A few weeks ago, we realized we didn’t need all of the “grass” we had on the counter. We were able to pare down the drying racks and we now have one small rack. Plenty for Nolan’s cups. I put the rest of it in the crawl space.

As I trudged under the house, I sobbed. The grass I was putting away should be full right now. Of freshly washed bottles, and nipples, and pump parts. It should be in high demand, not gathering dust.

A few days ago, we ran out of milk. Nolan needs his milk the moment he wakes up, and we didn’t have a drop. So I made an emergency run. And when I got to Safeway, I was halfway to the building from the parking lot, and I turned around. I went back to my car, and I cried.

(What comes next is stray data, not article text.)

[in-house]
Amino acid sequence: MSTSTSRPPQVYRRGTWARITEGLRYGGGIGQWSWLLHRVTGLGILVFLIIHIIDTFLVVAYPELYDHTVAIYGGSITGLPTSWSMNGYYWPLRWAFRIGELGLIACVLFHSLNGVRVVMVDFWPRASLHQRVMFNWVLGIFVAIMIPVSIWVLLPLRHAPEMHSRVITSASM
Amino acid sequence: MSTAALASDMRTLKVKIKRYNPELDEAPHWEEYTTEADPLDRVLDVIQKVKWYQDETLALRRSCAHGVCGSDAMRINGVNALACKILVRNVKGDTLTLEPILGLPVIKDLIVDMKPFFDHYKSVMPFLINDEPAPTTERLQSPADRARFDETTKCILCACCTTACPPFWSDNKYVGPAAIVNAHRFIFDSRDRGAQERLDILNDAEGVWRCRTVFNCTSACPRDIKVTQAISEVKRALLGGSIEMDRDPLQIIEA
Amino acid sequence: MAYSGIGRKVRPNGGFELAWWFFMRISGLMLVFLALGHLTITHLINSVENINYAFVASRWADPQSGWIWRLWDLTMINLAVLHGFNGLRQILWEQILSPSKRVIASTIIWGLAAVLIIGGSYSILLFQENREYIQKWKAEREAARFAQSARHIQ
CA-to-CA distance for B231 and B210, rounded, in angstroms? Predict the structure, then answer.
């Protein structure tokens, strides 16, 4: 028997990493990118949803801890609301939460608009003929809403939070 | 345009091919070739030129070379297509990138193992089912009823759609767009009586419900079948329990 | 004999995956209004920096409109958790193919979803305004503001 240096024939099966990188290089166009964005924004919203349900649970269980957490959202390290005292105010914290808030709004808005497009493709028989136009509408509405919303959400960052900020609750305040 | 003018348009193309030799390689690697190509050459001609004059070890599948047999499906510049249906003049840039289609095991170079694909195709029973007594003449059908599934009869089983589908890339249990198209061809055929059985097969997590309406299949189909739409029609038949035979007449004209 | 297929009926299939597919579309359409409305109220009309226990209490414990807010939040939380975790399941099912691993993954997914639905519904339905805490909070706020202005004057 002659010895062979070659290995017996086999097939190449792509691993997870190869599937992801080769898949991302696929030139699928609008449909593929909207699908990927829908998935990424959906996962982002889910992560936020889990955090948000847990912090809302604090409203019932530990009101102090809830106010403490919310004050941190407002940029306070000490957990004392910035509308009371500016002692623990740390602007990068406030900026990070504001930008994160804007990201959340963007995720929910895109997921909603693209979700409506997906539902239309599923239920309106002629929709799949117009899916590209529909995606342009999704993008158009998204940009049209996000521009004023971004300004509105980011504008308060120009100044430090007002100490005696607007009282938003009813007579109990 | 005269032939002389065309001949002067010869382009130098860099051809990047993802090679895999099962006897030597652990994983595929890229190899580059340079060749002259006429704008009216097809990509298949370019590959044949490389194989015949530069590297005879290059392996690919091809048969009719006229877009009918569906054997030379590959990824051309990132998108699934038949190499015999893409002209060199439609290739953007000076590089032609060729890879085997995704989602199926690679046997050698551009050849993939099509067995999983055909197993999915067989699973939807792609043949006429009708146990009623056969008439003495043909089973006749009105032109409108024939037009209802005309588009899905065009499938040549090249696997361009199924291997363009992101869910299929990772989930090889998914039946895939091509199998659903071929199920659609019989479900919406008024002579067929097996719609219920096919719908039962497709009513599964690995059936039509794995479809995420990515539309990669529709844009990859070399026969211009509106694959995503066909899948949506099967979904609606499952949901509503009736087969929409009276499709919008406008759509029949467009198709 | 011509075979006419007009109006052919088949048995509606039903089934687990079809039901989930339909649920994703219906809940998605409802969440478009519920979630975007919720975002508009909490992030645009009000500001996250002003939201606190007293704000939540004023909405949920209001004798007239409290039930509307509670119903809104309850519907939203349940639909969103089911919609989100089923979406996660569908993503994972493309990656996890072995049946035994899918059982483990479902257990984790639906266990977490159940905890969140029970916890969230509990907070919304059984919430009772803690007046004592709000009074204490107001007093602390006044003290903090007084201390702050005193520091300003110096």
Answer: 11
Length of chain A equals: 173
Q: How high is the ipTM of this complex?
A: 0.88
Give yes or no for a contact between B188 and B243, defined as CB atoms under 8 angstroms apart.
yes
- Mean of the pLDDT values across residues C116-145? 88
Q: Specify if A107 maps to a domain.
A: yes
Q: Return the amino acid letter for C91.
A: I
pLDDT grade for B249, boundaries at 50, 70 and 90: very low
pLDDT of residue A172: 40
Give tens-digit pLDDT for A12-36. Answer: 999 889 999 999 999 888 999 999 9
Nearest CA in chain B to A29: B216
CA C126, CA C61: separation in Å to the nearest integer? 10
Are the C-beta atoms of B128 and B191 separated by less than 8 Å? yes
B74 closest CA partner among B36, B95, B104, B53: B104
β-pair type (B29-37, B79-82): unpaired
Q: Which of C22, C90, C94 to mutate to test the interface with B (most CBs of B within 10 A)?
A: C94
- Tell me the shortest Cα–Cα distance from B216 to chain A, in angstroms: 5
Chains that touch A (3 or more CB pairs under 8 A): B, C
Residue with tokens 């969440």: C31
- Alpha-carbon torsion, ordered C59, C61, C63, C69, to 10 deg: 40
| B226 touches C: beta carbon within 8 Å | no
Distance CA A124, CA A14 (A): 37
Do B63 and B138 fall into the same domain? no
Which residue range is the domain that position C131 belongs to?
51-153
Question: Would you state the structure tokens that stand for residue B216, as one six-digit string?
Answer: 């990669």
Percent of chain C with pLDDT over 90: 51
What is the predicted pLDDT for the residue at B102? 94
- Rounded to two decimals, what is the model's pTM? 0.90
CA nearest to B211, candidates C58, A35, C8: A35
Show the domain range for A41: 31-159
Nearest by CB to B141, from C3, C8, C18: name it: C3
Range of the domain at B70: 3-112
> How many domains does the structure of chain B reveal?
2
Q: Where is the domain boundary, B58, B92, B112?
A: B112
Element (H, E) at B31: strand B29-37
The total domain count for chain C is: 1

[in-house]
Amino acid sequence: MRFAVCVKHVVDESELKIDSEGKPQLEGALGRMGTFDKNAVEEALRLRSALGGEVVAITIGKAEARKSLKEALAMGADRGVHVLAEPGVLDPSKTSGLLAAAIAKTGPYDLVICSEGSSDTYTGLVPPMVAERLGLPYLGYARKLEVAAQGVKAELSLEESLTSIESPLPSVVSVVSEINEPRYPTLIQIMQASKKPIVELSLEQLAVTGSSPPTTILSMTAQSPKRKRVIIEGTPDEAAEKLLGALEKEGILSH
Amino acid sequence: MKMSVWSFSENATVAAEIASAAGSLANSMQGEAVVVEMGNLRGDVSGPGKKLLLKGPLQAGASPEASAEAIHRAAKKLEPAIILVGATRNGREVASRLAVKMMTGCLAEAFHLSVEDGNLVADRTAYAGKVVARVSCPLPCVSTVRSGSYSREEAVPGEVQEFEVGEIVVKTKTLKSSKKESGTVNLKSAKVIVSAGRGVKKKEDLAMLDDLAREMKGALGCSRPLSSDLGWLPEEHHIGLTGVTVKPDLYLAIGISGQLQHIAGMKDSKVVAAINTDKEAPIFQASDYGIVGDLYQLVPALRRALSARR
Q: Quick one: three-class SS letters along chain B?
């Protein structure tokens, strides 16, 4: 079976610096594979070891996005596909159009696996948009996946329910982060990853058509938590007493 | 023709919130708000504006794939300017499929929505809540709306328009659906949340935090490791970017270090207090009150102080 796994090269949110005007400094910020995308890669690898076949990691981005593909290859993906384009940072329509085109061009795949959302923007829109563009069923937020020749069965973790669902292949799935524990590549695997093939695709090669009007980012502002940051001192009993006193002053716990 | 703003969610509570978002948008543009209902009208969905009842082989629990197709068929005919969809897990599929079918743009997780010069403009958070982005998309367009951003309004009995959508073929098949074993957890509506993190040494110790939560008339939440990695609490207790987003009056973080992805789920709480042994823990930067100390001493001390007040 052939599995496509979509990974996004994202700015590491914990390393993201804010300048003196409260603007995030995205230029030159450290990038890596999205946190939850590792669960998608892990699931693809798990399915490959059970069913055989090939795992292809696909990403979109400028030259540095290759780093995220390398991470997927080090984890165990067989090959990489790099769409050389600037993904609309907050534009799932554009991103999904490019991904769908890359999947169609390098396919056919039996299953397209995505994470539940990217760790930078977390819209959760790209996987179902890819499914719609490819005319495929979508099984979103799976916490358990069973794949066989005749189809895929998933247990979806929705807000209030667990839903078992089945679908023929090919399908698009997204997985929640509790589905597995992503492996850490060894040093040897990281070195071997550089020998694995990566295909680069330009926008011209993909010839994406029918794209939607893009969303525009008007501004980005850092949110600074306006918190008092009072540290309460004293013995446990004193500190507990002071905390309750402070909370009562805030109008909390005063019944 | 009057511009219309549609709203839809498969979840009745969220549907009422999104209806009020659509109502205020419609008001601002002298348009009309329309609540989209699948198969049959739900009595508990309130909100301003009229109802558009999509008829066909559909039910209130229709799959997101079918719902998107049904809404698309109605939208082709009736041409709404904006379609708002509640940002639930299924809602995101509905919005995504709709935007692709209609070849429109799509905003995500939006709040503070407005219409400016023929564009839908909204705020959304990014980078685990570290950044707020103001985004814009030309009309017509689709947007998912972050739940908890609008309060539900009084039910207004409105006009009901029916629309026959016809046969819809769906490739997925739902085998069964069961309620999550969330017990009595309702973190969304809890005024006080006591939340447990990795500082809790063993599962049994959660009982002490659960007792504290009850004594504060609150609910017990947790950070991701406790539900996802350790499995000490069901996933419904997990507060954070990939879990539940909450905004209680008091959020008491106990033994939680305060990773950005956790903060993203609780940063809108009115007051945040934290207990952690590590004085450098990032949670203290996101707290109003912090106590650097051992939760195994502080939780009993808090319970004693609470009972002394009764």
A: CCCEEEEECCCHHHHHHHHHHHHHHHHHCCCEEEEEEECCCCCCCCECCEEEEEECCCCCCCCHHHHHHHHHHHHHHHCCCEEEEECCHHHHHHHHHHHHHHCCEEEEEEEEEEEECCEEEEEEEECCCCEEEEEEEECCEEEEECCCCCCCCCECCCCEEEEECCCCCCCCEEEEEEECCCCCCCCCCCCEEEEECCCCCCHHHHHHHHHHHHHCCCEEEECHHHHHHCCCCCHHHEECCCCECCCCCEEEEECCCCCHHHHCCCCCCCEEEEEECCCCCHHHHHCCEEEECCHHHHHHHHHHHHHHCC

I wasn’t making a midnight trip to make sure Simon had diapers. And I would never make that trip.

My jobs, the ones I chose and was so ready for were taken from me. I’m not the all night dishwasher, and I’m not the emergency runner.

I was beyond ready to take on those tasks again and to do absolutely anything and everything I needed to do to care for my son. And now I’m still ready. I’m just not sure what for.

Reaching Out, or Not

I’ve learned a lot about grief since Simon died. Buying an urn for the son you never got to bring home is a nearly impossible task that you have no choice but to do days after losing him. Grief messes with your body’s ability to function physically. When you have a toddler at home, you have no choice but to power on and function anyway. Grief is utterly exhausting.

And grief is isolating.

It keeps you locked up in your home, your bubble. It needs the calm, the peace, the space. And it is scary to invite someone in.